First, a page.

Last month we looked at advertising and direct mail. This month we will look briefly at some key points to be aware of about customer databases and then look at telemarketing.

Databases

This assumes that you keep information about your customers in an electronic or paper database.

A database should allow you to:
 

 

  • Contact the right decision-makers i.e. correct name and job title etc at the right address or phone number.
  • Understand their buying behaviour - order dates, frequency, timing, order sizes etc.
  • Keep existing customers up to date with your products and services.
  • Assess customer profitability.
  • See the payment history.
  • Store any personal information that is relevant i.e. age, gender, social or economic status.

There are very strict rules on the storage and processing of customer information i.e.:
 

  • You need permission to hold it.
  • You must store it securely.
  • You must use and process data in accordance with the principles set out in the data protection act.
  • You should check whether you need to be registered with the information Commissioner.

You will need to be aware of the telephone preference service (TPS) and mailing preference services (MPS) which allow people, and in some cases some types of businesses, to opt out of receiving unsolicited calls and mail shots. You should ensure that before any campaign that your database has been cleaned to take into consideration people registering on TPS or MPS; there are mail cleansing services that you can use for your own database.

You may choose to purchase a list in order to find new customers; the Direct Marketing Association website will give you a list of providers.

Telemarketing
Telemarketing can be time-consuming and for many can be nerve-wracking, particularly when the calls you are making are cold-calls.

But the advantage is that you do get the chance to speak to your audience so you can tailor your message accordingly and you can assess the level of interest. Telemarketing can be used for consumer and business marketing. Businesses are often more receptive, on the other hand customers and consumers can see these as nuisance calls.

Telemarketing is good for:
 

  • Researching and contacting business decision makers.
  • Updating your database content.
  • Fixing appointments with people; few if any business customers will place an order based on a phone call so be clear about the purpose of the call.
  • Keeping in touch with existing and lapsed customers.
  • Finding out more about customer needs.
  • Giving information about the benefits of your products.

As with all marketing, this can be done by you or your staff. A lot of skill is required to achieve a decent conversion rate, so some training may be needed.

What do good telemarketers do?
 

  • They have clear objectives for the call and the outcomes, including being clear about the message that they want to get across.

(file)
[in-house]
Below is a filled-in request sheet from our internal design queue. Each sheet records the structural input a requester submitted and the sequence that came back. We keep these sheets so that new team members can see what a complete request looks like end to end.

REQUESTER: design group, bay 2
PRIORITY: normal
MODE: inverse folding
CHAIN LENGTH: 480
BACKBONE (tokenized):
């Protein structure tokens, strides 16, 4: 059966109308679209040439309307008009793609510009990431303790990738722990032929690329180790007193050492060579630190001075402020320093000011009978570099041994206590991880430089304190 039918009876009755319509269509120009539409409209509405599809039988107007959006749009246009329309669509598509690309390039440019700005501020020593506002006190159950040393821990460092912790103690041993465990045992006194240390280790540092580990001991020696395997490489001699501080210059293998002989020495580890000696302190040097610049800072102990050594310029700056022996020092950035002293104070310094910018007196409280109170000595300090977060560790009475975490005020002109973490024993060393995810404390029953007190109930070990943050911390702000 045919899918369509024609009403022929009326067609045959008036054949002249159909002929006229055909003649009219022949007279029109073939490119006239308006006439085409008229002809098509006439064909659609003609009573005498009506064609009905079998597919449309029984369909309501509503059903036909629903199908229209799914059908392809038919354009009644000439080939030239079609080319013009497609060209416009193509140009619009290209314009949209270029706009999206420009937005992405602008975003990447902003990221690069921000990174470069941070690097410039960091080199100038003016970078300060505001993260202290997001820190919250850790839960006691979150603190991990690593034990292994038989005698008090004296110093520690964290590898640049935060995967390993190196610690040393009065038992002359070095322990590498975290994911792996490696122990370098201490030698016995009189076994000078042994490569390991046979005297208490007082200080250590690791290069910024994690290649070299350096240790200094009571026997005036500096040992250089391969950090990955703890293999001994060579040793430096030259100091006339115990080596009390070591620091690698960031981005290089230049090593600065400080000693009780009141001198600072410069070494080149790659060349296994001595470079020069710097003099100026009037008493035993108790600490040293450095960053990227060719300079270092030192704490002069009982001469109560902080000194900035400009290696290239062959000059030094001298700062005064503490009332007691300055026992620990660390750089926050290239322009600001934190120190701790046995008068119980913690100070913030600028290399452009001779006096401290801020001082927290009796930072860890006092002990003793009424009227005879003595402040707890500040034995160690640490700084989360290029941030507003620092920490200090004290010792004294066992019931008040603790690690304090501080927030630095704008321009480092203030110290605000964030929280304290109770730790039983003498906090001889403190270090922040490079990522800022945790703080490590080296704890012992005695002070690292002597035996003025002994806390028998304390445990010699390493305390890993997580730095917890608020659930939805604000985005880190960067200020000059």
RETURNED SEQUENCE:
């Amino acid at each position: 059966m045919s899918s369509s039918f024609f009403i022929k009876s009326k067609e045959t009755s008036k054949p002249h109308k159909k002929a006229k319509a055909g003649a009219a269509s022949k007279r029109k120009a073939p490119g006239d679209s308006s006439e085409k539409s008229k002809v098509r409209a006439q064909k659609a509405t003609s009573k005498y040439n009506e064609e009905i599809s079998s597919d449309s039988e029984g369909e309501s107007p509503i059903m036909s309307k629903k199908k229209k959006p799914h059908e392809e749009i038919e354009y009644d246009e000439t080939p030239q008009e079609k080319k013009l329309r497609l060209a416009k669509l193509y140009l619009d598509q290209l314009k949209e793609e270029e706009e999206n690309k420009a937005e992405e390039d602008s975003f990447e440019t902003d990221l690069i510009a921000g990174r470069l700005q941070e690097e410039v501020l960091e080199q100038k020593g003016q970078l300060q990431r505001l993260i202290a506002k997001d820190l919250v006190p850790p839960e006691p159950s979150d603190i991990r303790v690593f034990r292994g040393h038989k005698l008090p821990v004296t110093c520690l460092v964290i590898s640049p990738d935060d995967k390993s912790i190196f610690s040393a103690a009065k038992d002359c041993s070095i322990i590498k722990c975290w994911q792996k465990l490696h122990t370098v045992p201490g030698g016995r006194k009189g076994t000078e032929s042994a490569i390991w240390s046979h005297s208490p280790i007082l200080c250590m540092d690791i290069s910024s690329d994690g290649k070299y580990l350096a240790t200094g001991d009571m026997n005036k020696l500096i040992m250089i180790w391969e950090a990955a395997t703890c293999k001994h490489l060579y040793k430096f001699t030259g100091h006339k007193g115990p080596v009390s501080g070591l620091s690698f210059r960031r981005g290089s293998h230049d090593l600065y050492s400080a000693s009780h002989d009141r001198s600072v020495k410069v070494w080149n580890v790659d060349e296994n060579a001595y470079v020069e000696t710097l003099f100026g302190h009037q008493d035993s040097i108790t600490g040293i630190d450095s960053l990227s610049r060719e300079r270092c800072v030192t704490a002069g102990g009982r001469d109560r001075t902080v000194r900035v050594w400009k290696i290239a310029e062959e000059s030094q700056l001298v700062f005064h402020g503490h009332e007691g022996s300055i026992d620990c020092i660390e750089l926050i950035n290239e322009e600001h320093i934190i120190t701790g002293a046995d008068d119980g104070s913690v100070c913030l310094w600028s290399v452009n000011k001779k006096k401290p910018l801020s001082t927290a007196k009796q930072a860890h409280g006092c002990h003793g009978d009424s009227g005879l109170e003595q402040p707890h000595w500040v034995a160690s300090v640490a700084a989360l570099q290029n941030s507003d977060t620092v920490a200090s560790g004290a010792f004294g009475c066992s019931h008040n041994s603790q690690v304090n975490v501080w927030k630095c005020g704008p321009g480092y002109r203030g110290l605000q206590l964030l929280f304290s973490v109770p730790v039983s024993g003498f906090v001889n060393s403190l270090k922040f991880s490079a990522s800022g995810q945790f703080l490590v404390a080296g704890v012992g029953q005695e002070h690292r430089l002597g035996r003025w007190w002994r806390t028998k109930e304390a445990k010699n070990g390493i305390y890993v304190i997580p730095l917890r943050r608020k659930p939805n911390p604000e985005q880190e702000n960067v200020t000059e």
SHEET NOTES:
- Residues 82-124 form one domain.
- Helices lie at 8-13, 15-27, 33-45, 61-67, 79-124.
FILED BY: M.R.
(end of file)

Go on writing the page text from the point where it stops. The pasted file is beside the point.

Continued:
• Check that they have the correct person on the telephone.
  • They understand that they have about 30 seconds to make an impression, so they get to the point quickly in order to get the other party's interest. It is worth having an opening script that you can read from, this will help you get the initial message, aimed at getting the other party's interest, across confidently. If you decide to use an opening script make sure you write it in conversational tone (i.e. how you would say it) so that it doesn't sound as if you are reading.
  • Encourage the other party to talk by asking open questions and if there is a pause in the conversation letting the other party break the silence.
  • They listen actively to what is said by the other party so they can tailor the call and the message.
  • They don't interrupt, second guess or try to pre-empt the other party.
  • Summarise the conversation at intervals. This shows the customer that the caller is listening and understands.
  • Talk confidently about the benefits of the product and (as they possibly already have a supplier) the benefits of switching.
  • Develop a rapport with the other party; a good tip is to smile whilst you are talking.
  • Have excellent product knowledge and can answer any question however technical; the other party may put you to the test.
  • Ensure there are no interruptions or distractions at their end.
  • Know how to get past the gatekeeper i.e. reception or the PA.
  • Take rejection without it harming their confidence. People will say no, but you have to bounce back.

There are professional telemarketers will offer this service for large companies and to smaller businesses where skills and resources are a lacking.

That's all for this month. Next time we will look at PR and start to look at digital marketing.

Peter Mulhall

Business Adviser

Business Link - the place to go for business support

Online: www.businesslink.gov.uk

BUSINESS LINK ANSWERS YOUR QUESTIONS

business link

I met someone at a networking event recently and we have decided that our companies should work together. Do you think that business co-operation or collaboration is a good idea?